The HdS Taxonomy defines key silicon-hardware terms and concepts for an embedded-software-engineer audience and similarly defines key embedded-software terms and concepts for hardware-and-platform-development engineers. It also establishes an HdS Taxonomy focused on HdS product development and support in terms of life cycle; hardware and embedded-software-architecture; and platform-design axes. This Hardware-dependent-Software Taxonomy is intended for and includes the contributions of SoC-IP providers, system integrators, EDA tool providers, and OS providers.
Per Frank Pospiech of Alcatel and Chair of the VSIA HdS DWG: “Companies such as ARM, Nokia, Toshiba, Alcatel, Mentor Graphics, Cadence and Beach Solutions have all helped create this taxonomy document, highlighting the fact that there is an industry-wide interest in solving this issue. The release of this taxonomy document is the first step to creating the HdS-API standard, which will help drive SoC productivity by lessening the design gap between hardware and software layers.”
A Letter to the Editor - Ontologies for Electronic Systems
The complexities in electronic systems design are creating technical challenges not only for the EDA tools and methodologies, but also for the information infrastructure required to support the entire design chain from concept to finished product. The infrastructure requirements also extend into the product's lifecycle support. Most companies today are relying on a plethora of IT products to help manage the design, development, testing and support activities related to products. Unfortunately, it's not uncommon to have duplicate data, out of date data, wrongly classified data, and overall general chaos due to the absence of uniform processes for data handling. The problems are particularly
intense as project management attempts to track design flow, and crucial library and silicon IP data.
Although many companies deploy piecemeal solutions to address these problems, very little is being done to understand how such solutions contribute towards the overall improvements needed to facilitate IP reuse, shorten the design cycle, or meet other quality goals. Companies need to realize that improvements in quality come about as a consequence of effective sharing and reuse of knowledge across its workforce. Such sharing and reuse can be facilitated by integrating the various infrastructure solutions through development of metadata standards, ontologies and ontology reuse.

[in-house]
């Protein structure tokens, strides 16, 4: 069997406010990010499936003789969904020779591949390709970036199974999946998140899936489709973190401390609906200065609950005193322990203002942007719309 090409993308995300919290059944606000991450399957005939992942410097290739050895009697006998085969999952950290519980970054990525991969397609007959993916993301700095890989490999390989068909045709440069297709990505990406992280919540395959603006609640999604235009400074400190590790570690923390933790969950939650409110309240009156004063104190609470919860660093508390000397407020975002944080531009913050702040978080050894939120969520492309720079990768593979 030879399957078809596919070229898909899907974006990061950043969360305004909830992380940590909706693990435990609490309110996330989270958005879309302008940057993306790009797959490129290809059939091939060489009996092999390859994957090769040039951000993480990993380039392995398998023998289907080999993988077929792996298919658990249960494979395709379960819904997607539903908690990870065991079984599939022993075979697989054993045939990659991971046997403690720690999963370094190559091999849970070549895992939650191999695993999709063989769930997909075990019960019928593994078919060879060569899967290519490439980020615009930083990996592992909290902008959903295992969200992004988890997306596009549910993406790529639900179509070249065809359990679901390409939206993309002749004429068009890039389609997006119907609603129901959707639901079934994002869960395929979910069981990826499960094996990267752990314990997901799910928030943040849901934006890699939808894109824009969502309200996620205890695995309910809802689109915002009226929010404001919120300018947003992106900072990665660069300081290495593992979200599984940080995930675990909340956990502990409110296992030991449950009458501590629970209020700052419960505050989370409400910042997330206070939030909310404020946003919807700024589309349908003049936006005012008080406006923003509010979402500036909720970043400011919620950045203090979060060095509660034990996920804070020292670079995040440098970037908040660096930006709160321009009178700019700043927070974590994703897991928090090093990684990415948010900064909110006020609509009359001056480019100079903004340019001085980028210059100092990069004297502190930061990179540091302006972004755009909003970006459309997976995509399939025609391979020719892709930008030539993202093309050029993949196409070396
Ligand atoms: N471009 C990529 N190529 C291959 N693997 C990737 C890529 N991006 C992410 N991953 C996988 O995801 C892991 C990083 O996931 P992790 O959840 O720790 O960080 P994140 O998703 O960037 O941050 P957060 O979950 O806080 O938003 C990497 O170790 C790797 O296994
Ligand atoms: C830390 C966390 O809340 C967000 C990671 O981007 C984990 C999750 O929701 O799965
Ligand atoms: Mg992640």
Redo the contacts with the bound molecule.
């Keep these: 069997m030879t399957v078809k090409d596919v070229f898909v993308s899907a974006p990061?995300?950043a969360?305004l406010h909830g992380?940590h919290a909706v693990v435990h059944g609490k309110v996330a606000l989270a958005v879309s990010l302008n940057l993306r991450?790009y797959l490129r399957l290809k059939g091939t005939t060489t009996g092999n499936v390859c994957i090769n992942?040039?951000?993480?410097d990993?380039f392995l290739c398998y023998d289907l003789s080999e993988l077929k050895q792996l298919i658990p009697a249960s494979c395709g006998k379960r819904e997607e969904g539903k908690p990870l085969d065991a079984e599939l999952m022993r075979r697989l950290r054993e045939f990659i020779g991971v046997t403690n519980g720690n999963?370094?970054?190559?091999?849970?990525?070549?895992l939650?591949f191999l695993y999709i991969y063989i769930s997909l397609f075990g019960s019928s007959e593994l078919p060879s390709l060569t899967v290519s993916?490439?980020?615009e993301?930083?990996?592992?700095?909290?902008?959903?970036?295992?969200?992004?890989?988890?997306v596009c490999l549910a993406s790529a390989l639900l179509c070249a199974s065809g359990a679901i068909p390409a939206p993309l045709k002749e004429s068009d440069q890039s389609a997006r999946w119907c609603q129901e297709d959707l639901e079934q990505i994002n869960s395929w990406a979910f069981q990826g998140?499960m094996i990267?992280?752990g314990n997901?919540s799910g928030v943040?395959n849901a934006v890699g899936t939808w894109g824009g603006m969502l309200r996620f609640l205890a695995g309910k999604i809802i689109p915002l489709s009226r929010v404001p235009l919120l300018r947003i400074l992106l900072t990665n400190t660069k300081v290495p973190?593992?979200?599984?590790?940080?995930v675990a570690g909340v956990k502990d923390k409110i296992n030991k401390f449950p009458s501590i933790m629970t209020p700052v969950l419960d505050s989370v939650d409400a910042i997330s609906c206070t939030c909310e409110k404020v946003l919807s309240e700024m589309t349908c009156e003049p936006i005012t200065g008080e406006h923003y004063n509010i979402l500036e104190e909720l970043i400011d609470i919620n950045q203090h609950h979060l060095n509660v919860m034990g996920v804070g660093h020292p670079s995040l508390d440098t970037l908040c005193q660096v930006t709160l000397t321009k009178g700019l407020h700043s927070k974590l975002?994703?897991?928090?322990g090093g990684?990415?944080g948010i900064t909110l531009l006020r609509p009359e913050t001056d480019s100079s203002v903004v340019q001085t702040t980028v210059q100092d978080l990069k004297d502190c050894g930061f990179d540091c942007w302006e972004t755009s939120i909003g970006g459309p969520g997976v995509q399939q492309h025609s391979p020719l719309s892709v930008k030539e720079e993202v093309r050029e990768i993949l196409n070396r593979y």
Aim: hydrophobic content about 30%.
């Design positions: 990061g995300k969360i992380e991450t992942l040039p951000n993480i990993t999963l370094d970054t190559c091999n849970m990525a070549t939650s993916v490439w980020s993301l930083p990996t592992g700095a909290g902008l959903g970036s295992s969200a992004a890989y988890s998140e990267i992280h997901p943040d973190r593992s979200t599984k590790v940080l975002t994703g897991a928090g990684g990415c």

An ontology is a vocabulary of entities, classes, properties, functions and their relationships. Ontologies are meant to provide an understanding of the static domain knowledge that facilitates knowledge sharing and reuse. Among the ontologies identified by Fensel in his 2001 article, “Ontologies: A Silver Bullet for Knowledge Management and Electronic Commerce” are:
1) Domain ontologies, representing a target domain, such as engineering, medicine, etc.
2) Generic or Common Sense ontologies, capturing general knowledge about time, space, events, etc.
3) Metadata ontologies, describing the content of information sources. Metadata describes data - it is definitional data that provides information about other data managed within an application. For example, metadata could document data about:
- Attributes: clocks, signals, size, signal type
- Data structures: timing (rise time, fall time, etc.) and test requirements
- Data: where it is located, how it is associated
Being able to describe data is essential for data interchange.
Metadata as part of a dataset allows the dataset to be “self-describing”, so that an application can adjust its handling of that dataset according to the values of the metadata. Of course, users must adopt standard conventions within their own systems as to what constitutes metadata. No matter how metadata is defined, however, self-description is the critical feature in transporting data between different tools, tools that have different models or conventions for handling data. The metadata, thus, provides a guide for converting the data between the different conventions.
Work has been done on Generic ontologies (cyc, SUO, GO, etc.), Metadata ontologies (Dublin Core, LOM, etc.) and Domain ontologies. The recently announced SPIRIT consortium has said that it will work toward developing a standard IP metadata ontology that aims to capture all the IP design, test and integration information and views needed to transfer and exchange IP between companies, so IP users don't have to waste time trying to characterize IP to fit it into their design flows.
Additionally, many generic ontologies have been contributed to the public domain at the daml.org website and there are many other new ones being published. However, when it comes to domain ontologies dealing with electronics and the SoC design value chain, I have only been able to locate a handful.